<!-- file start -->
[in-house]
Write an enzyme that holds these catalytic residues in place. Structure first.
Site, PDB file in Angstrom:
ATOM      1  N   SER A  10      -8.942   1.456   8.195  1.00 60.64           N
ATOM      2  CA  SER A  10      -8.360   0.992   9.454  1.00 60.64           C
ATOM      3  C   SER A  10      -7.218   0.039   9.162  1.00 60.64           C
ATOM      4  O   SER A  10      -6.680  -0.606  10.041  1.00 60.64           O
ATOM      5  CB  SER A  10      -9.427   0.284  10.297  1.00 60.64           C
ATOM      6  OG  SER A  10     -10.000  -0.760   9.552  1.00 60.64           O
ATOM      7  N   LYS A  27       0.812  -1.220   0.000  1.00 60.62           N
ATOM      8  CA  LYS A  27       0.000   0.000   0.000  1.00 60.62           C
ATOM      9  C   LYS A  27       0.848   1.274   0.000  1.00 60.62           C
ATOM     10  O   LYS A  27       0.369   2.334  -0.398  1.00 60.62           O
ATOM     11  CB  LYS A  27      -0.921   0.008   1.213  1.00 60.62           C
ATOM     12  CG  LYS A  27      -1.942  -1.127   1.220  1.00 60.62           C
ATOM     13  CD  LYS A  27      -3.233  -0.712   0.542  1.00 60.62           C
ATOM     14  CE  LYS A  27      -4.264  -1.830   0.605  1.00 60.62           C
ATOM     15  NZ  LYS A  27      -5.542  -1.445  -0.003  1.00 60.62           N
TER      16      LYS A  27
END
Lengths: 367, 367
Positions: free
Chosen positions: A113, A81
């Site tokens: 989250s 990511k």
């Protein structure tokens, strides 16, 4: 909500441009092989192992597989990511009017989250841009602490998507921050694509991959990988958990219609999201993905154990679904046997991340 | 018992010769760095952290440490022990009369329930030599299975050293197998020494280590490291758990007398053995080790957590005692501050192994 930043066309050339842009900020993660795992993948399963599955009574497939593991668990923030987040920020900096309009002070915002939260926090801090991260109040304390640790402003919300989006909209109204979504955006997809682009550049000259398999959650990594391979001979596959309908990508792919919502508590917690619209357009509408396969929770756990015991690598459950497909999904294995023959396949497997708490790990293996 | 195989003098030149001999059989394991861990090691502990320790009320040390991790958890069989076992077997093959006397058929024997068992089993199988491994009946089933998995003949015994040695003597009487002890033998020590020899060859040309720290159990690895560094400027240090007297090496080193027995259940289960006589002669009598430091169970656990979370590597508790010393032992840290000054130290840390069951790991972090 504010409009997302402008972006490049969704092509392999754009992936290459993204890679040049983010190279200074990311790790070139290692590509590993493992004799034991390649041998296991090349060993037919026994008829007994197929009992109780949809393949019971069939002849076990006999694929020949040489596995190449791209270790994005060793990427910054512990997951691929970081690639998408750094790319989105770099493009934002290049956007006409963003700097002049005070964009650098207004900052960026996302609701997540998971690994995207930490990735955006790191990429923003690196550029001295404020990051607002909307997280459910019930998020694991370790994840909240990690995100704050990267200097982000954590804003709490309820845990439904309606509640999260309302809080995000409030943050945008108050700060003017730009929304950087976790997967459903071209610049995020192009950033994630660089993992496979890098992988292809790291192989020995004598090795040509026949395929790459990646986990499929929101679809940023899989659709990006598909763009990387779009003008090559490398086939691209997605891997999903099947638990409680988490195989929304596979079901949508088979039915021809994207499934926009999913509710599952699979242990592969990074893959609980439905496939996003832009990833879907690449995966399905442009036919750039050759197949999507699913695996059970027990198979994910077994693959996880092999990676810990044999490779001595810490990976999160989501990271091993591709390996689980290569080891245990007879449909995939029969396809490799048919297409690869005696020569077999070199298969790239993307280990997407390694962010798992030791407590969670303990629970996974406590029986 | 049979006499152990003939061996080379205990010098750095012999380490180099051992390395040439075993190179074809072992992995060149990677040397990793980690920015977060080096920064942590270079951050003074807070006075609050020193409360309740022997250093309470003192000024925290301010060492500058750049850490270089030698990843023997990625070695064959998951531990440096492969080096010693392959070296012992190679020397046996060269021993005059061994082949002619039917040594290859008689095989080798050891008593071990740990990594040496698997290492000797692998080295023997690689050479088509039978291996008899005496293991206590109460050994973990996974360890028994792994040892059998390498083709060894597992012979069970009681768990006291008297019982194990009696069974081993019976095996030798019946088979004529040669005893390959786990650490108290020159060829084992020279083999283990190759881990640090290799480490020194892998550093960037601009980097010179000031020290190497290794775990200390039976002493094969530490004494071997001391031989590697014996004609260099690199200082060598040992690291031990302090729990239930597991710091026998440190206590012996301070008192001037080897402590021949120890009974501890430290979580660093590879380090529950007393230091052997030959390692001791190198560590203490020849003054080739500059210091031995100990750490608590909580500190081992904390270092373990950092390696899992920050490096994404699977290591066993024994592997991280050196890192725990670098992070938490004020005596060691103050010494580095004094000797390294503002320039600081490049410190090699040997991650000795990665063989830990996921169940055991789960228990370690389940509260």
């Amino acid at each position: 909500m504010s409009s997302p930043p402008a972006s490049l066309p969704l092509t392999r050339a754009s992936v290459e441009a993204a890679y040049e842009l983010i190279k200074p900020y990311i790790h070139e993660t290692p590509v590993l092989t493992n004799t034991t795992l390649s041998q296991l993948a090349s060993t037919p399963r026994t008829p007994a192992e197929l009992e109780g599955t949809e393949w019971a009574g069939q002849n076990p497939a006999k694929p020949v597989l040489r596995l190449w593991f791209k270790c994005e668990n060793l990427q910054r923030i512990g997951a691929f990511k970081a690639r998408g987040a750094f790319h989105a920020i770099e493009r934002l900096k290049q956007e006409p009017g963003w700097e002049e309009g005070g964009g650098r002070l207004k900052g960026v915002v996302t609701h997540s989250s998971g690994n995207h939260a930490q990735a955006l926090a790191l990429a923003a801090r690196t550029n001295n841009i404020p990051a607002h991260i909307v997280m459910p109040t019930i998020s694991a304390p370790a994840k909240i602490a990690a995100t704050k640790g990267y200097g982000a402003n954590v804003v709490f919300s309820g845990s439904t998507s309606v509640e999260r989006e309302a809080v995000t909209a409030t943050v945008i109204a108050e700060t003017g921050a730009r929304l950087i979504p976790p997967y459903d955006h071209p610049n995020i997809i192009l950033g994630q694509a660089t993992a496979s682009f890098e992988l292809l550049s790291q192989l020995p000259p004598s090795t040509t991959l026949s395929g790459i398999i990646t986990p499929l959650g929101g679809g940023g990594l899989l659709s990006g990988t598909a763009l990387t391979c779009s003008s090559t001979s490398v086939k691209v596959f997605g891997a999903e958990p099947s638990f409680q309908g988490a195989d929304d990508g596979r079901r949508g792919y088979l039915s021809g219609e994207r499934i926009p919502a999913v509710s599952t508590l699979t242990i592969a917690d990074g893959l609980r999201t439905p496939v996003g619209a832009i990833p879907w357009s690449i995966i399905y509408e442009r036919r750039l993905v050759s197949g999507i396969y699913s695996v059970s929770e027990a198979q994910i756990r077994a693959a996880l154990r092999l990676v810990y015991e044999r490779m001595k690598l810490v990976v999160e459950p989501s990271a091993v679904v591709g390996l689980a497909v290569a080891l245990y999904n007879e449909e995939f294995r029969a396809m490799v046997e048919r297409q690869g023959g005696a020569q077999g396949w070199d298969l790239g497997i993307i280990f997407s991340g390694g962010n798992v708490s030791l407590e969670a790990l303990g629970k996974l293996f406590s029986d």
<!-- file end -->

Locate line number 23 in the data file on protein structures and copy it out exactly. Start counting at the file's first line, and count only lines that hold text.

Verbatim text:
Chosen positions: A113, A81